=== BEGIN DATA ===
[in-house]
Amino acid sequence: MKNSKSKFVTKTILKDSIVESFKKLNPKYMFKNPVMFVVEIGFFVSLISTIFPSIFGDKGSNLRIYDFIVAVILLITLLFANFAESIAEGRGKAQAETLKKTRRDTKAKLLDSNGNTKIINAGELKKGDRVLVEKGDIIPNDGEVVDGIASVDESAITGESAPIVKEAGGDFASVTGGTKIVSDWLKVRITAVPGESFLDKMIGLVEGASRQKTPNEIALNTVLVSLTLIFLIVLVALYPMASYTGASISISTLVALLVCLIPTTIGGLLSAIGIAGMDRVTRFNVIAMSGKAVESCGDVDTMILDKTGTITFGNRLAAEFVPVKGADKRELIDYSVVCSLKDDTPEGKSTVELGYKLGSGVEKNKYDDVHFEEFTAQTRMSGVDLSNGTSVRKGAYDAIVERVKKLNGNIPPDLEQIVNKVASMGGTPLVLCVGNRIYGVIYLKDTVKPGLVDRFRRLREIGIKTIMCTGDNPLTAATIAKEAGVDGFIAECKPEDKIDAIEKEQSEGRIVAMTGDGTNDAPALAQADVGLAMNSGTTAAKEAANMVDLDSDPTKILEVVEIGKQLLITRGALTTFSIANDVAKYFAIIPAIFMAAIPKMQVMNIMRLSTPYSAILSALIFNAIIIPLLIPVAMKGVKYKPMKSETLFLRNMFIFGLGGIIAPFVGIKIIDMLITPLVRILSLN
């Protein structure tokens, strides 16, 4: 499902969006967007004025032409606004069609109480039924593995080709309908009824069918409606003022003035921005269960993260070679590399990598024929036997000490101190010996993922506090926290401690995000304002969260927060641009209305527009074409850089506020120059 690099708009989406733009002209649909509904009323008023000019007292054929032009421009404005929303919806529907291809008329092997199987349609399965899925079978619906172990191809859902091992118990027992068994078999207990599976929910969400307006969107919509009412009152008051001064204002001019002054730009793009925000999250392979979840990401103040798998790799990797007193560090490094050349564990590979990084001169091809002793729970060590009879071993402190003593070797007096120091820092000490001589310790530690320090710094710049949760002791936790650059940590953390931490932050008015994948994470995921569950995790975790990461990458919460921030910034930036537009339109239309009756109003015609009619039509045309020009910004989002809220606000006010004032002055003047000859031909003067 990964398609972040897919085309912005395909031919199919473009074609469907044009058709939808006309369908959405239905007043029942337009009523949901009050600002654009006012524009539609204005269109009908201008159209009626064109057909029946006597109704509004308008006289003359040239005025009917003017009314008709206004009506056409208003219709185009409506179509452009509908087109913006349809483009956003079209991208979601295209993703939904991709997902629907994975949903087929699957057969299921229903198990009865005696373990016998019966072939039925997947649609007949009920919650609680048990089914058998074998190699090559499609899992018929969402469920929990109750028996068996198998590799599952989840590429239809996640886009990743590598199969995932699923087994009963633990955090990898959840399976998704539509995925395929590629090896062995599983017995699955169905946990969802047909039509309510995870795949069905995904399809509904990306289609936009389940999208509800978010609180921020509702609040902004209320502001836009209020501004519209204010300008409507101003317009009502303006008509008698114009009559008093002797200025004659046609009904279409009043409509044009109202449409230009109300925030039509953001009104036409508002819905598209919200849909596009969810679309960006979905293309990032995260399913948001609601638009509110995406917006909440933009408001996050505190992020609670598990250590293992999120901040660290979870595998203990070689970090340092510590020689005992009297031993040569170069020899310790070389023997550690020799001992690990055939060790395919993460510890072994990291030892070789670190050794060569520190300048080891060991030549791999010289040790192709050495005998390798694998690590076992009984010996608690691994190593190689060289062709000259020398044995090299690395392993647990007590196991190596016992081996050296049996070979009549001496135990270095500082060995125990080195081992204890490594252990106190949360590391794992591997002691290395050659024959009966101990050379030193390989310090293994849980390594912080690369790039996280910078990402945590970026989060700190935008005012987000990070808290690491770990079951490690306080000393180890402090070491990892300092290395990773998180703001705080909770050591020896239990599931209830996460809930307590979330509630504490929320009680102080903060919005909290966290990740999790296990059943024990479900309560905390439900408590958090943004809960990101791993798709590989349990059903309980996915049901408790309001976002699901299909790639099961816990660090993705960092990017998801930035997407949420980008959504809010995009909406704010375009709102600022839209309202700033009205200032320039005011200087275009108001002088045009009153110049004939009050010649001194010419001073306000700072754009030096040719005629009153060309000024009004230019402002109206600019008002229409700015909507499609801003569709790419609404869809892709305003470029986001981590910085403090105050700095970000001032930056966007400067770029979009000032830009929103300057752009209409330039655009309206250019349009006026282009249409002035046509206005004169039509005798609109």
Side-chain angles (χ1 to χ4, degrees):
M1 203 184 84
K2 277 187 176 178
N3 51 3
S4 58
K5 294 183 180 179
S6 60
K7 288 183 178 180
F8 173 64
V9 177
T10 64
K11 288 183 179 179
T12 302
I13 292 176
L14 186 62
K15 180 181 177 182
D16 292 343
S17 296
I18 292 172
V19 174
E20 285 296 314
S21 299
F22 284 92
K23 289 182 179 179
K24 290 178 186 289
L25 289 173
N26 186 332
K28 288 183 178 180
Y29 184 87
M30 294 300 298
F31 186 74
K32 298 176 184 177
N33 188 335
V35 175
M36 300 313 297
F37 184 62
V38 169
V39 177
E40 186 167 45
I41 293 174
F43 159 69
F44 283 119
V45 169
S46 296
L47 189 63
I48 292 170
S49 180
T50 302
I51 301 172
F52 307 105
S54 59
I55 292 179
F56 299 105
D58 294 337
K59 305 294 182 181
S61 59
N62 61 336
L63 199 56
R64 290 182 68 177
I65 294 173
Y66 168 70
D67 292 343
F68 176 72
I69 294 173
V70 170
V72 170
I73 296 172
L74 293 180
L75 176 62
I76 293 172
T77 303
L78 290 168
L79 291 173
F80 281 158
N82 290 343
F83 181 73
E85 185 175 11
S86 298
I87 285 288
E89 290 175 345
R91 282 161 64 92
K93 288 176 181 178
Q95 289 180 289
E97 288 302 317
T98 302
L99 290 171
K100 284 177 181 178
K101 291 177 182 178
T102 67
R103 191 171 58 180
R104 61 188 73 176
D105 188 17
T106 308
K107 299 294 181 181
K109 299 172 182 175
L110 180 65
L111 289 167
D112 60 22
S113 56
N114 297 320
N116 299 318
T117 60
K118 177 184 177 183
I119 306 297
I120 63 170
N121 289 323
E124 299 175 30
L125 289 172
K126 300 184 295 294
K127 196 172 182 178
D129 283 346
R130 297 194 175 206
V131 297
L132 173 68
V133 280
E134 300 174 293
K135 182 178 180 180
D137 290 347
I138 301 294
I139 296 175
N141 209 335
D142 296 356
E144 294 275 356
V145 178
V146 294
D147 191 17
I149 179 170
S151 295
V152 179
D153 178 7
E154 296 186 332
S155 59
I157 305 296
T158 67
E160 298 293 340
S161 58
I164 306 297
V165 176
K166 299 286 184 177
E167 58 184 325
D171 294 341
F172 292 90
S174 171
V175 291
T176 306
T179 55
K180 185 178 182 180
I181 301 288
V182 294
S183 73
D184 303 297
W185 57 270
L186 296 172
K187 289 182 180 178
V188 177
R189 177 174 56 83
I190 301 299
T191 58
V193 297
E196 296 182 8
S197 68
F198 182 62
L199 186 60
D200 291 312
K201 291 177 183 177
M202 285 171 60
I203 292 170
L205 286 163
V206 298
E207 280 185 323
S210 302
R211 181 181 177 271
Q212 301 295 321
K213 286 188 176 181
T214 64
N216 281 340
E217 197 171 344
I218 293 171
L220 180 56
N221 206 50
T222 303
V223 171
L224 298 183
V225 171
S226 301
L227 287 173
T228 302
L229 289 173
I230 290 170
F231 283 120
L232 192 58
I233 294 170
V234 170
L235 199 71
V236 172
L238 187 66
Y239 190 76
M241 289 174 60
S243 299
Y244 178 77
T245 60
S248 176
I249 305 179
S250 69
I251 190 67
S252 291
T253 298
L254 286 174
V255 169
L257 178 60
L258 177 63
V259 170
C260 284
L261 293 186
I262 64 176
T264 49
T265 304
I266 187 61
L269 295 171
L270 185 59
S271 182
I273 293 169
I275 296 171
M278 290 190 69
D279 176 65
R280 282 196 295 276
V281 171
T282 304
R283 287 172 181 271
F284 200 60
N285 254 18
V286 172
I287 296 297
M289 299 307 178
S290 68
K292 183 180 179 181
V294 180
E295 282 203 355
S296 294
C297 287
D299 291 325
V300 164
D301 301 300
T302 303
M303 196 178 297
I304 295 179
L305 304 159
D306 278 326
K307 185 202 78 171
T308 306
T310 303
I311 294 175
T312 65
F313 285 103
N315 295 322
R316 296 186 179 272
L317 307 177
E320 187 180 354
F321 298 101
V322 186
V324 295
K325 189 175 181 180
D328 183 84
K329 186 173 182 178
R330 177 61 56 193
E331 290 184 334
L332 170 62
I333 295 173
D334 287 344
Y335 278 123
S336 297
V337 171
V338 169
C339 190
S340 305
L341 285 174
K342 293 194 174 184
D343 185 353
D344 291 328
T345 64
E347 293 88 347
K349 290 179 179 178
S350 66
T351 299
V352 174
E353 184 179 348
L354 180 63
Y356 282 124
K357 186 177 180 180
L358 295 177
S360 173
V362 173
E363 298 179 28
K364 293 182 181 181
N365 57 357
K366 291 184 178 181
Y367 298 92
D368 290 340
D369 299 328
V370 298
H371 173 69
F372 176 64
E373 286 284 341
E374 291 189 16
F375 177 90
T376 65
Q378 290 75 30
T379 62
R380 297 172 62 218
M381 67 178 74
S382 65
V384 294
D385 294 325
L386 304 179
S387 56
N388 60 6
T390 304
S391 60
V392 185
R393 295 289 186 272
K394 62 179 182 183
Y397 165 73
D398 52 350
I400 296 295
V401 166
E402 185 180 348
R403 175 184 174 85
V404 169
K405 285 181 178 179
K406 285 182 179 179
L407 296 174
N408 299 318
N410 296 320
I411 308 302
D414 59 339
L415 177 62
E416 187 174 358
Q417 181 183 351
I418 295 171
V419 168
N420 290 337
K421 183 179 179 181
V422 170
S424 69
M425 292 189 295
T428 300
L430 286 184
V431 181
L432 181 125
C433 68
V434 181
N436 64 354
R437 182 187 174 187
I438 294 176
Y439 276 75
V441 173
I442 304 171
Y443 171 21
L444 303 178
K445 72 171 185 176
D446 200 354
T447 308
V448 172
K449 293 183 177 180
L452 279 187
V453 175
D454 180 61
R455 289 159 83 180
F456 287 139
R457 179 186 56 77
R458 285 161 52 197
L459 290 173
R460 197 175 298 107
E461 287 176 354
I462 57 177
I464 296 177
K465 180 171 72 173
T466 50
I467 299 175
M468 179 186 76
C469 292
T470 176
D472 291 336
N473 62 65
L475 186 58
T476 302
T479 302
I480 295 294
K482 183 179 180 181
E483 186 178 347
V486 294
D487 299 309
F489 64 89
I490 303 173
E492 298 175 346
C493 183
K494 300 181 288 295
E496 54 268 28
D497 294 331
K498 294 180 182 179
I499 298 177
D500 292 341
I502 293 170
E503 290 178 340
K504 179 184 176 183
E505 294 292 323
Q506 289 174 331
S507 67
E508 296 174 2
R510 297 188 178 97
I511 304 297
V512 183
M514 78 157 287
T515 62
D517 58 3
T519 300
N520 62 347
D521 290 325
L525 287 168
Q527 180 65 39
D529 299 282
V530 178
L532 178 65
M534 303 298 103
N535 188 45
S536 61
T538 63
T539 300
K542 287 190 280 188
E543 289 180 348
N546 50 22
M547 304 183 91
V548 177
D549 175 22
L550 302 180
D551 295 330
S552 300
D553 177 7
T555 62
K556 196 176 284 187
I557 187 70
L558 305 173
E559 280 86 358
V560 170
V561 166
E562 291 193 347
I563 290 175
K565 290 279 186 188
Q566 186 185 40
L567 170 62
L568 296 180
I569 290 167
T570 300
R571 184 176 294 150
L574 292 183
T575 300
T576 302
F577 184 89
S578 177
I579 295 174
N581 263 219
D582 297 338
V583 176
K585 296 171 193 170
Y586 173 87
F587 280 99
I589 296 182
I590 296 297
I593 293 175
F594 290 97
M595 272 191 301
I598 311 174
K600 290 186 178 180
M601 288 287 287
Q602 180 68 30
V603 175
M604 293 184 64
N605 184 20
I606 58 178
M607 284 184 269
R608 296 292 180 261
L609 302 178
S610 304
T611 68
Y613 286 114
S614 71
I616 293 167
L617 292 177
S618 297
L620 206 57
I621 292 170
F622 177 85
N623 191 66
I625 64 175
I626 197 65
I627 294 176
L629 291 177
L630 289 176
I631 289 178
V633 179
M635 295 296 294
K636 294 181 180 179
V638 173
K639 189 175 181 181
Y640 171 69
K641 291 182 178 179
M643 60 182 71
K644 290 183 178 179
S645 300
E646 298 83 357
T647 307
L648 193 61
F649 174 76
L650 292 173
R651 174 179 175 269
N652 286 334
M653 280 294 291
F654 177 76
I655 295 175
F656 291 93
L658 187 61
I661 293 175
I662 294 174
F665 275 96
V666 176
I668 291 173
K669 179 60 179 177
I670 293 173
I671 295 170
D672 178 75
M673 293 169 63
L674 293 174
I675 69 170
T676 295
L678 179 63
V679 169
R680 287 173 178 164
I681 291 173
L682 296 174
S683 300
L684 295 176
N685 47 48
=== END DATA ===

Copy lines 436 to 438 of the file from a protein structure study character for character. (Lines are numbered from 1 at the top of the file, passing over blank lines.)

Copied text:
V548 177
D549 175 22
L550 302 180